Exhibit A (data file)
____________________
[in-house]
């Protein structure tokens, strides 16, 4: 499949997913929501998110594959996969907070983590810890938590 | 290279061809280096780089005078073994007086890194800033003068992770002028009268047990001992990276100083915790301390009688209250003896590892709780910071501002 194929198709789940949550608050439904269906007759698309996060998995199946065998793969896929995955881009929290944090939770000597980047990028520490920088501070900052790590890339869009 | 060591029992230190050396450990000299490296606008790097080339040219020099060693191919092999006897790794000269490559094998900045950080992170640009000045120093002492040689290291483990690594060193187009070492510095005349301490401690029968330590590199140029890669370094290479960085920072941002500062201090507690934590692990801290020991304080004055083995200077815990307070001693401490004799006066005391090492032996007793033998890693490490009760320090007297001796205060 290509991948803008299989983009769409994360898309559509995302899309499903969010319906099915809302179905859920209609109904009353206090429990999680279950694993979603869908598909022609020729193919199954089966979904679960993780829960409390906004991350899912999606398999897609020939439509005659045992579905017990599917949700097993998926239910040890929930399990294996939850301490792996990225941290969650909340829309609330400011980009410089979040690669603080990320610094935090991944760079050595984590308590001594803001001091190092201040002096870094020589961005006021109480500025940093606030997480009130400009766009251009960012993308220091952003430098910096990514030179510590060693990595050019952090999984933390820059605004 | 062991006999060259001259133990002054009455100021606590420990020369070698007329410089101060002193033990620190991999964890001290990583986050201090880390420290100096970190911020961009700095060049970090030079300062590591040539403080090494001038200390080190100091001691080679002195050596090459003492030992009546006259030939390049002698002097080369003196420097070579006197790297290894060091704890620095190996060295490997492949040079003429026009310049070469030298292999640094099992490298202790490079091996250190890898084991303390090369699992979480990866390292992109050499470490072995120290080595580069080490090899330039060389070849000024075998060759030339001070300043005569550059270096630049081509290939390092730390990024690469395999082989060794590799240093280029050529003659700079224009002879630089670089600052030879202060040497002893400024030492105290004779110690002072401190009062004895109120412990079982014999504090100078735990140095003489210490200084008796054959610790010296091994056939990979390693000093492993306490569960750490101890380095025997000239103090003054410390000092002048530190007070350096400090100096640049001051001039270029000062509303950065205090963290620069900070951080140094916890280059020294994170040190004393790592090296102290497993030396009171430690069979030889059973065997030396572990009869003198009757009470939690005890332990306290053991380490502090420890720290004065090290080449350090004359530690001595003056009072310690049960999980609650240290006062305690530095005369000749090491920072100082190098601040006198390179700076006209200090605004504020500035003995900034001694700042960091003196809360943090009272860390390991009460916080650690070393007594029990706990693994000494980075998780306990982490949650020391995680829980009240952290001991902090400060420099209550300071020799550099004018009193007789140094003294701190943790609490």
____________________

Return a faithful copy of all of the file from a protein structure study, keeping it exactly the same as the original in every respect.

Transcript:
[in-house]
């Protein structure tokens, strides 16, 4: 499949997913929501998110594959996969907070983590810890938590 | 290279061809280096780089005078073994007086890194800033003068992770002028009268047990001992990276100083915790301390009688209250003896590892709780910071501002 194929198709789940949550608050439904269906007759698309996060998995199946065998793969896929995955881009929290944090939770000597980047990028520490920088501070900052790590890339869009 | 060591029992230190050396450990000299490296606008790097080339040219020099060693191919092999006897790794000269490559094998900045950080992170640009000045120093002492040689290291483990690594060193187009070492510095005349301490401690029968330590590199140029890669370094290479960085920072941002500062201090507690934590692990801290020991304080004055083995200077815990307070001693401490004799006066005391090492032996007793033998890693490490009760320090007297001796205060 290509991948803008299989983009769409994360898309559509995302899309499903969010319906099915809302179905859920209609109904009353206090429990999680279950694993979603869908598909022609020729193919199954089966979904679960993780829960409390906004991350899912999606398999897609020939439509005659045992579905017990599917949700097993998926239910040890929930399990294996939850301490792996990225941290969650909340829309609330400011980009410089979040690669603080990320610094935090991944760079050595984590308590001594803001001091190092201040002096870094020589961005006021109480500025940093606030997480009130400009766009251009960012993308220091952003430098910096990514030179510590060693990595050019952090999984933390820059605004 | 062991006999060259001259133990002054009455100021606590420990020369070698007329410089101060002193033990620190991999964890001290990583986050201090880390420290100096970190911020961009700095060049970090030079300062590591040539403080090494001038200390080190100091001691080679002195050596090459003492030992009546006259030939390049002698002097080369003196420097070579006197790297290894060091704890620095190996060295490997492949040079003429026009310049070469030298292999640094099992490298202790490079091996250190890898084991303390090369699992979480990866390292992109050499470490072995120290080595580069080490090899330039060389070849000024075998060759030339001070300043005569550059270096630049081509290939390092730390990024690469395999082989060794590799240093280029050529003659700079224009002879630089670089600052030879202060040497002893400024030492105290004779110690002072401190009062004895109120412990079982014999504090100078735990140095003489210490200084008796054959610790010296091994056939990979390693000093492993306490569960750490101890380095025997000239103090003054410390000092002048530190007070350096400090100096640049001051001039270029000062509303950065205090963290620069900070951080140094916890280059020294994170040190004393790592090296102290497993030396009171430690069979030889059973065997030396572990009869003198009757009470939690005890332990306290053991380490502090420890720290004065090290080449350090004359530690001595003056009072310690049960999980609650240290006062305690530095005369000749090491920072100082190098601040006198390179700076006209200090605004504020500035003995900034001694700042960091003196809360943090009272860390390991009460916080650690070393007594029990706990693994000494980075998780306990982490949650020391995680829980009240952290001991902090400060420099209550300071020799550099004018009193007789140094003294701190943790609490």